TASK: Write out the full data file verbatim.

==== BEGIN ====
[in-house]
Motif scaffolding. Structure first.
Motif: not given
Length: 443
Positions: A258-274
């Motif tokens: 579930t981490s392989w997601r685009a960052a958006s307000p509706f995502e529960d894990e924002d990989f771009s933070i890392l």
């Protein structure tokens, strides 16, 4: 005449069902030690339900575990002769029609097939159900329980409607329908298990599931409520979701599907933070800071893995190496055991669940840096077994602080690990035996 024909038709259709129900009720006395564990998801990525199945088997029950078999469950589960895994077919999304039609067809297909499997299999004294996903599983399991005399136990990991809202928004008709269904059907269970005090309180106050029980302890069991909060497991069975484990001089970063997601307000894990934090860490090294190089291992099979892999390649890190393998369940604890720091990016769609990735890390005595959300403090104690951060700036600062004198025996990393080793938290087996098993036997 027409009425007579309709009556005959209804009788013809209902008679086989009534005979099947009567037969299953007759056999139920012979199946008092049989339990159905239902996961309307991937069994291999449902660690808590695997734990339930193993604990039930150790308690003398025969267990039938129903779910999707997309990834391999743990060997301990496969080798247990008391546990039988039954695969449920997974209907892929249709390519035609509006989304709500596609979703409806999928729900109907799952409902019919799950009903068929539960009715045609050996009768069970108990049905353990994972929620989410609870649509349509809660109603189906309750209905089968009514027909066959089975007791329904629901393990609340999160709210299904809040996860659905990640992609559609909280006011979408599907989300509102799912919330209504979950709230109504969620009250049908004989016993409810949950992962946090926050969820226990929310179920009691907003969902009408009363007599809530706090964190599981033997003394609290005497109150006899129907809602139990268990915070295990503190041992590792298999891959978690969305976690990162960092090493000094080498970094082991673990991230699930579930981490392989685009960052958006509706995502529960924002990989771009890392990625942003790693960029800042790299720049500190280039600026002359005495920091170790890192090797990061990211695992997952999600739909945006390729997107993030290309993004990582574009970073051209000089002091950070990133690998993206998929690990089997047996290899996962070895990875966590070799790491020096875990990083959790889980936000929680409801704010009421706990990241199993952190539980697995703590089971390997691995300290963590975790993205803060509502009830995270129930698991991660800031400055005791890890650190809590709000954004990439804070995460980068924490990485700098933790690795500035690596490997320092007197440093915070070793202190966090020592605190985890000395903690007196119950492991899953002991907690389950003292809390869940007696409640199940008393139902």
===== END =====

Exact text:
[in-house]
Motif scaffolding. Structure first.
Motif: not given
Length: 443
Positions: A258-274
């Motif tokens: 579930t981490s392989w997601r685009a960052a958006s307000p509706f995502e529960d894990e924002d990989f771009s933070i890392l």
């Protein structure tokens, strides 16, 4: 005449069902030690339900575990002769029609097939159900329980409607329908298990599931409520979701599907933070800071893995190496055991669940840096077994602080690990035996 024909038709259709129900009720006395564990998801990525199945088997029950078999469950589960895994077919999304039609067809297909499997299999004294996903599983399991005399136990990991809202928004008709269904059907269970005090309180106050029980302890069991909060497991069975484990001089970063997601307000894990934090860490090294190089291992099979892999390649890190393998369940604890720091990016769609990735890390005595959300403090104690951060700036600062004198025996990393080793938290087996098993036997 027409009425007579309709009556005959209804009788013809209902008679086989009534005979099947009567037969299953007759056999139920012979199946008092049989339990159905239902996961309307991937069994291999449902660690808590695997734990339930193993604990039930150790308690003398025969267990039938129903779910999707997309990834391999743990060997301990496969080798247990008391546990039988039954695969449920997974209907892929249709390519035609509006989304709500596609979703409806999928729900109907799952409902019919799950009903068929539960009715045609050996009768069970108990049905353990994972929620989410609870649509349509809660109603189906309750209905089968009514027909066959089975007791329904629901393990609340999160709210299904809040996860659905990640992609559609909280006011979408599907989300509102799912919330209504979950709230109504969620009250049908004989016993409810949950992962946090926050969820226990929310179920009691907003969902009408009363007599809530706090964190599981033997003394609290005497109150006899129907809602139990268990915070295990503190041992590792298999891959978690969305976690990162960092090493000094080498970094082991673990991230699930579930981490392989685009960052958006509706995502529960924002990989771009890392990625942003790693960029800042790299720049500190280039600026002359005495920091170790890192090797990061990211695992997952999600739909945006390729997107993030290309993004990582574009970073051209000089002091950070990133690998993206998929690990089997047996290899996962070895990875966590070799790491020096875990990083959790889980936000929680409801704010009421706990990241199993952190539980697995703590089971390997691995300290963590975790993205803060509502009830995270129930698991991660800031400055005791890890650190809590709000954004990439804070995460980068924490990485700098933790690795500035690596490997320092007197440093915070070793202190966090020592605190985890000395903690007196119950492991899953002991907690389950003292809390869940007696409640199940008393139902």